• Behind each of their works are countless studies and sketches.
  • The lesson? Never erase anything, keep iterating, and find new paths to familiar destinations.

New study finds the egg may actually 'choose' the Sperm

Here's the first evidence to challenge the "fastest sperm" narrative.

Keep reading Show less
Big Think
Sponsored by Lumina Foundation

Upvote/downvote each of the videos below!

As you vote, keep in mind that we are looking for a winner with the most engaging social venture pitch - an idea you would want to invest in.

Lumina Foundation and Big Think have partnered to bring this entrepreneurial competition to life, and we hope you'll participate! We have narrowed down the competition to four finalists and will be announcing an audience's choice award and a judges' choice award in May.

The creator of the winning video — chosen by Big Think's audience, the Lumina Foundation, and an independent panel of experts (bios below) — will be flown to New York for a taping in the Big Think studio as a way to further promote their vision for a new, disruptive idea in post-secondary education.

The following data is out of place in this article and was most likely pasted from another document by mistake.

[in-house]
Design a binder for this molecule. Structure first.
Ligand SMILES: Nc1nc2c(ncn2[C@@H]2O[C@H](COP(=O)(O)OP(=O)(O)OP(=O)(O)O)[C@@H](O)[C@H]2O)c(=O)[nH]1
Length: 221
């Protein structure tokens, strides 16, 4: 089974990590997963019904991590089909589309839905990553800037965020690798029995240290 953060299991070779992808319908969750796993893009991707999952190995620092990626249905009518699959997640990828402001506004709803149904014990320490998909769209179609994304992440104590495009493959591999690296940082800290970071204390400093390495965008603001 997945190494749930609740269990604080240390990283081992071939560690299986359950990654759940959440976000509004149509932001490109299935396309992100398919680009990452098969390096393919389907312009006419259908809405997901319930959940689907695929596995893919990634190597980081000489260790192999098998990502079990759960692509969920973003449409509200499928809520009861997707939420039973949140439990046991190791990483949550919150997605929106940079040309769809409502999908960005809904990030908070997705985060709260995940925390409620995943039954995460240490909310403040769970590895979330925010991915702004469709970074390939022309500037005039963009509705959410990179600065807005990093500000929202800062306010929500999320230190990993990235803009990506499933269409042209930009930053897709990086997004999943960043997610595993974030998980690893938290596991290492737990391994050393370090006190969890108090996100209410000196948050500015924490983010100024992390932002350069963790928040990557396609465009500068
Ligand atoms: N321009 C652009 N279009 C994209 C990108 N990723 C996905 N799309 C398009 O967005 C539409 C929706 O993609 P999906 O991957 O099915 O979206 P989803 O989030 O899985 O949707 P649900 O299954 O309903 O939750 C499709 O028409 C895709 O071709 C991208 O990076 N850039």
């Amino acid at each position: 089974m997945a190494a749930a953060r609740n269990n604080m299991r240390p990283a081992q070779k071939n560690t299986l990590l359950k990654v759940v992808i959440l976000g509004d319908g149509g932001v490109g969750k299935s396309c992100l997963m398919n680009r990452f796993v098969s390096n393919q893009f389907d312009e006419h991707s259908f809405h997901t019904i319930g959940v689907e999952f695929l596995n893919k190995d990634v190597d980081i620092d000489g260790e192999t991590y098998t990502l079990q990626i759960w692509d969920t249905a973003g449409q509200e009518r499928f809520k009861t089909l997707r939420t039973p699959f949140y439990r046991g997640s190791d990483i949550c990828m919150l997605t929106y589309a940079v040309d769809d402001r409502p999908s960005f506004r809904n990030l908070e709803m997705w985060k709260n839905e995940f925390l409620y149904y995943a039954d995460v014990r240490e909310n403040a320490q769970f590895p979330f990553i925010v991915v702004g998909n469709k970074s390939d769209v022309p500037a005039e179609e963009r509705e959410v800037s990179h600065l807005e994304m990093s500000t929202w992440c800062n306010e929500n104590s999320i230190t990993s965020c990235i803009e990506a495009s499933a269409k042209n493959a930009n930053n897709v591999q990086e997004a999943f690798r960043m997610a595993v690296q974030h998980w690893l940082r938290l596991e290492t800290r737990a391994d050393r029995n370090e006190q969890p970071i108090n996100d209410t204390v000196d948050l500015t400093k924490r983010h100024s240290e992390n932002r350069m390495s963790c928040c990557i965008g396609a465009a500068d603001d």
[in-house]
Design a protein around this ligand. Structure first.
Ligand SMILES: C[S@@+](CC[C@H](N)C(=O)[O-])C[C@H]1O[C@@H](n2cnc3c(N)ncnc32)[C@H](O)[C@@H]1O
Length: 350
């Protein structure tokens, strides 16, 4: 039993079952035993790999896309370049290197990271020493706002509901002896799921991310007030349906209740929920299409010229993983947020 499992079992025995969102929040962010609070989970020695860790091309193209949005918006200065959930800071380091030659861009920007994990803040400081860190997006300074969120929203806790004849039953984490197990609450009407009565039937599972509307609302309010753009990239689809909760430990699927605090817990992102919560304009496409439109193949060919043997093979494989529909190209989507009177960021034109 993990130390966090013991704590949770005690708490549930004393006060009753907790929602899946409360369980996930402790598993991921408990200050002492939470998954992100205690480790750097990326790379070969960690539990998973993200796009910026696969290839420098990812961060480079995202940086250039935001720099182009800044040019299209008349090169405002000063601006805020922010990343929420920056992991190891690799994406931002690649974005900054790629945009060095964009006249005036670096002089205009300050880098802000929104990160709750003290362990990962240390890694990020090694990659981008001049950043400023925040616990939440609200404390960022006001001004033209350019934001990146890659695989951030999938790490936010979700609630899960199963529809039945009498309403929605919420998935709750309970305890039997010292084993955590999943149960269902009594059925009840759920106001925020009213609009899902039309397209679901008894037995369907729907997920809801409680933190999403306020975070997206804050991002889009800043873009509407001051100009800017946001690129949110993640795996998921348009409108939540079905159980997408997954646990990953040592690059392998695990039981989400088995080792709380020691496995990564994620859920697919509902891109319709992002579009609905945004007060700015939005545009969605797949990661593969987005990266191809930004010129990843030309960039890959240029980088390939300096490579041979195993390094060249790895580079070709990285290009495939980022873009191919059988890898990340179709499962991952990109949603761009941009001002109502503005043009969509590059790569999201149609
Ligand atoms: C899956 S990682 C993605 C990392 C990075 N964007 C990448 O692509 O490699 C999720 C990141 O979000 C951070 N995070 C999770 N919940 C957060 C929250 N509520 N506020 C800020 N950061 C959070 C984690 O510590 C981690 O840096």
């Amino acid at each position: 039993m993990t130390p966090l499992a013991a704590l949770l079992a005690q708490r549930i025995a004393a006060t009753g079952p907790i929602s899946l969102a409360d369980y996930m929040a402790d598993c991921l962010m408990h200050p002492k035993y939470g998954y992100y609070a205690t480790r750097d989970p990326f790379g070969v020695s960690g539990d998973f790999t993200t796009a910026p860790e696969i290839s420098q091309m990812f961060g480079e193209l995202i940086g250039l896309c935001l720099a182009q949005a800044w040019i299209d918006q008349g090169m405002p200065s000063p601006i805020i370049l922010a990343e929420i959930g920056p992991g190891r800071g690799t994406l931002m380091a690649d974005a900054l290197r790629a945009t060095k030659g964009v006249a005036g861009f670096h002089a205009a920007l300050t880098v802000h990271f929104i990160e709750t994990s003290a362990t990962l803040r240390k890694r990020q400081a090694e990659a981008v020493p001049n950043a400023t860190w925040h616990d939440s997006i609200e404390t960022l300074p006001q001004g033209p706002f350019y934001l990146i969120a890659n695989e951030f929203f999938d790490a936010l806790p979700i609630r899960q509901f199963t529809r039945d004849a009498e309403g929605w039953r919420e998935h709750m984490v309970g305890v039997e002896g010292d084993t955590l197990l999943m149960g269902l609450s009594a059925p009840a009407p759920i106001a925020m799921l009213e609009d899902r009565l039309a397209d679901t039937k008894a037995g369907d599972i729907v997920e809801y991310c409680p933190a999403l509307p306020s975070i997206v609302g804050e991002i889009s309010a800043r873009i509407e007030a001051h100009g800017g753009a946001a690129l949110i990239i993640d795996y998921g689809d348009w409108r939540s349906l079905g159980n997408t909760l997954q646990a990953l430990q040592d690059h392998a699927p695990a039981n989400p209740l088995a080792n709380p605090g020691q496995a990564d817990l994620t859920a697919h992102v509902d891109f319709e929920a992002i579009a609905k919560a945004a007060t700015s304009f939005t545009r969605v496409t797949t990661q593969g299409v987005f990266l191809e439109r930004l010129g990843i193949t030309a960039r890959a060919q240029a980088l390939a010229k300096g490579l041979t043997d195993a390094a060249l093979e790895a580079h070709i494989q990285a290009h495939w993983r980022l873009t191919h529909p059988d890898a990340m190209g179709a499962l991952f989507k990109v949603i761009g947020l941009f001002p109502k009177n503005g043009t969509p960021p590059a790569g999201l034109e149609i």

Thank you to all of the contestants who spent time submitting applications, and best of luck to our final four competitors.

Finalist: Greater Commons - Todd McLeod

Greater Commons, founded by Todd McLeod and Andrew Cull, is an organization that helps people live happier, more successful and fulfilling lives through agile learning. The current education system is inefficient and exclusionary, in which many students who end up earning a degree, if at all, enter a career not related to their field of study. Greater Commons solves this problem and gap in post-high school secondary education in a variety of ways. Passionately and diligently, Great Commons helps others obtain skills, knowledge, wisdom, motivation, and inspiration so that they may live better lives.

Finalist: PeerFoward - Keith Frome

PeerForward is an organization dedicated to increasing the education and career success rates of students in low-income schools and communities by mobilizing the power of positive peer influence. PeerForward works with partner schools to select influential students as a part of a team, systemizing the "peer effect." Research in the fields of sociology of schools, social-emotional learning, adult-youth partnerships, and civic education demonstrates that students can have a positive effect on the academic outcomes of their peers. PeerForward is unique through its systemic solutions to post-secondary education.

Finalist: Cogniss - Leon Young